It’s Christmas, and like many of you I find myself thinking about dynamic data validation using the structured tables that Microsoft introduced in Excel 2010. Welcome to my life.
What’s Data Validation?
When I say data validation I mean the ability to specify exactly what kind of data users may (or may not) enter into certain cells. This is particularly useful when you are creating forms or spreadsheets for other users to fill out, and you want to make sure that they enter the data you were expecting. For example, you can use data validation to prevent other users from entering numbers or special characters into cells or fields when you only wanted text. Using data validation helps keep your data clean, and everybody should like clean data.
The Old Way: Static Data Validation
In the olden days most people created a one column “source list” on a separate worksheet or somewhere within their current worksheet to contain the source values for in-cell drop-down lists (i.e., data validation). For example, if you only wanted to allow users to enter the values “A,” “B,” “C,” or “D” into a particular cell, you would first type a list of those values, one per line. You would then select the cell on which to use data validation, navigate to Data → Data Validation, select “List” under “Allow” and your list of letters under “Source.” It would look something like this:
The problem with this approach is that if you wanted add or remove values from the in-cell drop-down lists, first you had to find and edit the source list, then you had to manually update the range (i.e., the “Source”) for every single cell where that source list was used for data validation. In our example above, in order for us to add “E” as an available value in our in-cell drop-down, first we would have to add “E” underneath “D” in our Source List then update the Data Validation “Source” range for our “Select a Value” cell to include cell A12.
In other words, it was a pain in the ass. If you had ten cells referring to a single source list, updating those ten cells to include the updated range might not be so bad. But what if you had 100 cells, or 1,000 cells, all referring to that source list? . No need to find and update the “Source” range for all of the cells using that list for Data Validation. Excel will take care of updating all the cells referring to this source list automatically.
The New Way: Dynamic Data Validation Using Excel Tables
- Highlight cells A1:A5 and navigate to Home → Format as Table, and select a table format that suits your style. If you already have a header for your table, check the “My table has headers” box, otherwise leave blank.
- If you left “My table has headers” blank, rename “Column 1” to something more meaningful. I typed Data Validation. I then entered values 1 through 5 into the table, but you should enter any values that you actually want to use.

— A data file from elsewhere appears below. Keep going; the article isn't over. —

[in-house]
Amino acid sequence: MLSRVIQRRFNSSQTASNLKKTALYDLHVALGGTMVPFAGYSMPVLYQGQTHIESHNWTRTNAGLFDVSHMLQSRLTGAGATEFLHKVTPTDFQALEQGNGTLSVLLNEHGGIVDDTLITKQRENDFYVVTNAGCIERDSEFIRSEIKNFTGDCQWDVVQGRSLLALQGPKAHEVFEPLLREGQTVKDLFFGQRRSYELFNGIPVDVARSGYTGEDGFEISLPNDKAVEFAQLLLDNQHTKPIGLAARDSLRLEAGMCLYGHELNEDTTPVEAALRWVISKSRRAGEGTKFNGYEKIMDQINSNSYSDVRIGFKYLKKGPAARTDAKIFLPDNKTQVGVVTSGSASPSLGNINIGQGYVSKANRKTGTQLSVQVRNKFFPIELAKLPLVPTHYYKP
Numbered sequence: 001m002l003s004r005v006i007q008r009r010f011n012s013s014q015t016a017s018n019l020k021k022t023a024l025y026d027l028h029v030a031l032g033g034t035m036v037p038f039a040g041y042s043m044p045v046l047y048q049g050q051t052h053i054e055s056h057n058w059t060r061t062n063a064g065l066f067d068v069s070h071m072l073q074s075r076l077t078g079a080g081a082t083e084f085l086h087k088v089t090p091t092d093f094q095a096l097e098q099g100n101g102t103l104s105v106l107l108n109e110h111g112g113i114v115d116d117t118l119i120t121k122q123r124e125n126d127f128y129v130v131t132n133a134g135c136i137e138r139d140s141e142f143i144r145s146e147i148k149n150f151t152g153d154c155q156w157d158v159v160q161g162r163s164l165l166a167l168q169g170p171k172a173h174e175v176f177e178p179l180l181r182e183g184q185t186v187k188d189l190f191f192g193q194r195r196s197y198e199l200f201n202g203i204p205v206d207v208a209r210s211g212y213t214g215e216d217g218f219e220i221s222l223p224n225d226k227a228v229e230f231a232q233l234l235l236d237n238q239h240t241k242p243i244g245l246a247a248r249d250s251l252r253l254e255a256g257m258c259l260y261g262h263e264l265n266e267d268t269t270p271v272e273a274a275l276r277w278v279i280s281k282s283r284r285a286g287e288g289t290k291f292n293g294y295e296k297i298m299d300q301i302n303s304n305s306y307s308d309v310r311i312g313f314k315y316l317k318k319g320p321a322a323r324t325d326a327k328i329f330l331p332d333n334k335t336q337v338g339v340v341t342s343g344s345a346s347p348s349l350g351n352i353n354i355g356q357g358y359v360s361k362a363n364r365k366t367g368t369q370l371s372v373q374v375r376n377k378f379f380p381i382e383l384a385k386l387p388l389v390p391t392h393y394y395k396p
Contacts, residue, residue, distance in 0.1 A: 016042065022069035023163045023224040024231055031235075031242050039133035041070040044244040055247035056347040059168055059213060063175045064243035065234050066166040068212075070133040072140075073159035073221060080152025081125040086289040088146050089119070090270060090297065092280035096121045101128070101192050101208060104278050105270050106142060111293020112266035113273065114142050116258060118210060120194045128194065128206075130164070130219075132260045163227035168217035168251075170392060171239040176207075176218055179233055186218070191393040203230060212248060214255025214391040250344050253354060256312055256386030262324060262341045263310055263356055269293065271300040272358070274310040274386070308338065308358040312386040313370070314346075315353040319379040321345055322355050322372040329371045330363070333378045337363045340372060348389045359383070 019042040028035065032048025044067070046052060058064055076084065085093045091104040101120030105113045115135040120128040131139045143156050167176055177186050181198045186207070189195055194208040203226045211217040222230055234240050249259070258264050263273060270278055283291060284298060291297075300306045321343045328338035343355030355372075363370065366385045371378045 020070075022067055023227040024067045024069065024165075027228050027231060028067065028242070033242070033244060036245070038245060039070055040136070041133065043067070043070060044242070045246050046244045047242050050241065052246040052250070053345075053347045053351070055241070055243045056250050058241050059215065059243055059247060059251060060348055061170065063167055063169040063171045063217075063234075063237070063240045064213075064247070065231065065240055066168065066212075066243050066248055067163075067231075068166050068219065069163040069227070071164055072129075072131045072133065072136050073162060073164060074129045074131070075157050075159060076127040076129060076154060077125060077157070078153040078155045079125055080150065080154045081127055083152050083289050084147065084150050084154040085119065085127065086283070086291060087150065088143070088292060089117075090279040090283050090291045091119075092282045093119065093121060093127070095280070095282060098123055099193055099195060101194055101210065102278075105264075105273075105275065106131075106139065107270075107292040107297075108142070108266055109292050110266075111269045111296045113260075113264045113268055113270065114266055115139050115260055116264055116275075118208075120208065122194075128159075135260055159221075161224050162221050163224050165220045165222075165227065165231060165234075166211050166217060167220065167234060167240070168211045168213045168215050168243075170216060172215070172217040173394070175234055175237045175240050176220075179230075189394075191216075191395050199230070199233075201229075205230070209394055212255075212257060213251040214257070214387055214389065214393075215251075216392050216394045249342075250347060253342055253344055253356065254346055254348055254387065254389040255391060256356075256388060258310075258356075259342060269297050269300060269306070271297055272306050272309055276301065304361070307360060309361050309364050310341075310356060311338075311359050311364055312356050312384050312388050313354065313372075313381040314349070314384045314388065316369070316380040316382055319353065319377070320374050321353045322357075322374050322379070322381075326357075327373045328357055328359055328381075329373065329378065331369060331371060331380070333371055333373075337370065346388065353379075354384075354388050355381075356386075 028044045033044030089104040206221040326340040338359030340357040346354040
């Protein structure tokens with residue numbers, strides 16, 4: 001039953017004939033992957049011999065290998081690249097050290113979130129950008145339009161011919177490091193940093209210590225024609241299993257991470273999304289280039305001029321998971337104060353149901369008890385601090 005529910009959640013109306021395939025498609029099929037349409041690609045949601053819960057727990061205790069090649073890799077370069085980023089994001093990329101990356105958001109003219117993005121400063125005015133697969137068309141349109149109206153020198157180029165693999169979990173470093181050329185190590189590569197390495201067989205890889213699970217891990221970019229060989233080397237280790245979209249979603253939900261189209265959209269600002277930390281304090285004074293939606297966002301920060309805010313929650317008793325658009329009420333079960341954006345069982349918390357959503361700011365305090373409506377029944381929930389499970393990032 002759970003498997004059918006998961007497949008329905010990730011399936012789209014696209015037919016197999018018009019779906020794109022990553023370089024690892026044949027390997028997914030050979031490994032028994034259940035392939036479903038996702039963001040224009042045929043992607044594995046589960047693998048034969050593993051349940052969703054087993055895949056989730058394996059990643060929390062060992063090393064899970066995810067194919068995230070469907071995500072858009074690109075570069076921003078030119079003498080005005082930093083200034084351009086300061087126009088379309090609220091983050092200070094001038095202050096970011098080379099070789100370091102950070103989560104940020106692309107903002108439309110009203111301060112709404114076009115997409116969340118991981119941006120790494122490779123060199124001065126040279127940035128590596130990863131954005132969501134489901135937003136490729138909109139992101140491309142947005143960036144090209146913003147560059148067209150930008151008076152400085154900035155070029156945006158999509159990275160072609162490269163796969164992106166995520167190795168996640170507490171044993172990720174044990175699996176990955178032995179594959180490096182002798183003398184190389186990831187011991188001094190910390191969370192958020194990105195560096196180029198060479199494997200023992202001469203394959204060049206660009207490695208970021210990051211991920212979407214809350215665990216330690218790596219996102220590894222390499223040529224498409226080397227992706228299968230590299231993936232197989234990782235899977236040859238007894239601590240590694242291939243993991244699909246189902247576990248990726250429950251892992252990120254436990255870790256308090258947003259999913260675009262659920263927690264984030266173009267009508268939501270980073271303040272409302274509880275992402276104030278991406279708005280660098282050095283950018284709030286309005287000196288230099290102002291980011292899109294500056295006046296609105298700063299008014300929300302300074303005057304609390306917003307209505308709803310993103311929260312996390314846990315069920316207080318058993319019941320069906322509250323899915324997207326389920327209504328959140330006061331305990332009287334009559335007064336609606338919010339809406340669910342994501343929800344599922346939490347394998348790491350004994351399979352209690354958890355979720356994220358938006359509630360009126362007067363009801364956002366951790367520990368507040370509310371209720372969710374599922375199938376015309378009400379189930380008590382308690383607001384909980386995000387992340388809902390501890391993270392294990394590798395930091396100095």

- Select any row on the table and navigate to Table Tools → Design → Table Name: and rename the table to something meaningful. I entered DATA_VALIDATION.
- Select all records on the table (excluding the header), then navigate to Formulas → Define Name and give the highlighted range a meaningful name. I entered RNG_DATA_VALIDATION. Notice in the “Refers to” section is the name of our newly created table.
- Select cell C1 and navigate to Data → Data Validation. In the Data Validation dialog box, on the Settings tab, choose List under “Allow.” Under “Source” enter the equal sign (=) then the name of the newly named range (note, do not use the table name). In my case I entered
- Click on the Error Alert tab if you want to display a pop-up box with an error message when the user enters invalid data. I find it’s usually good practice to offer some sort of helpful error message, such as “Invalid Entry: Please choose a value from the in-cell drop-down list.”
- Click OK.
You should now see a drop-down arrow appear when you select cell C1; when you click that drop-down you should see the values from the table created earlier. Test your data validation by entering values not contained on your table – if you did it correctly, Excel should display an error message when you try entering a value not found on the in-cell drop-down list.
The most important point here is that you can easily add values to this list by simply adding new values to the source table. Since our data validation references a named range, and since that named range is based on a named Excel table, we never need to adjust the data validation range if we want to add more values to this list. Excel handles it all behind the scenes.
To see what I mean, select the first available cell below your table, type a new value and press Enter. In my case I selected cell A7, typed 6 and pressed Enter. Excel automatically adjusted the table size to include this new record. When you click on the in-cell drop-down list in cell C1, the new value should appear.
Notice that we didn’t have to go back into the data validation settings for cell C1 and adjust the range to include cell A7? This might not seem like a big deal using data validation in only one cell, but imagine how much time (and headaches) you can save when dealing with multiple (say a few hundred or more) cells using list-based data validation.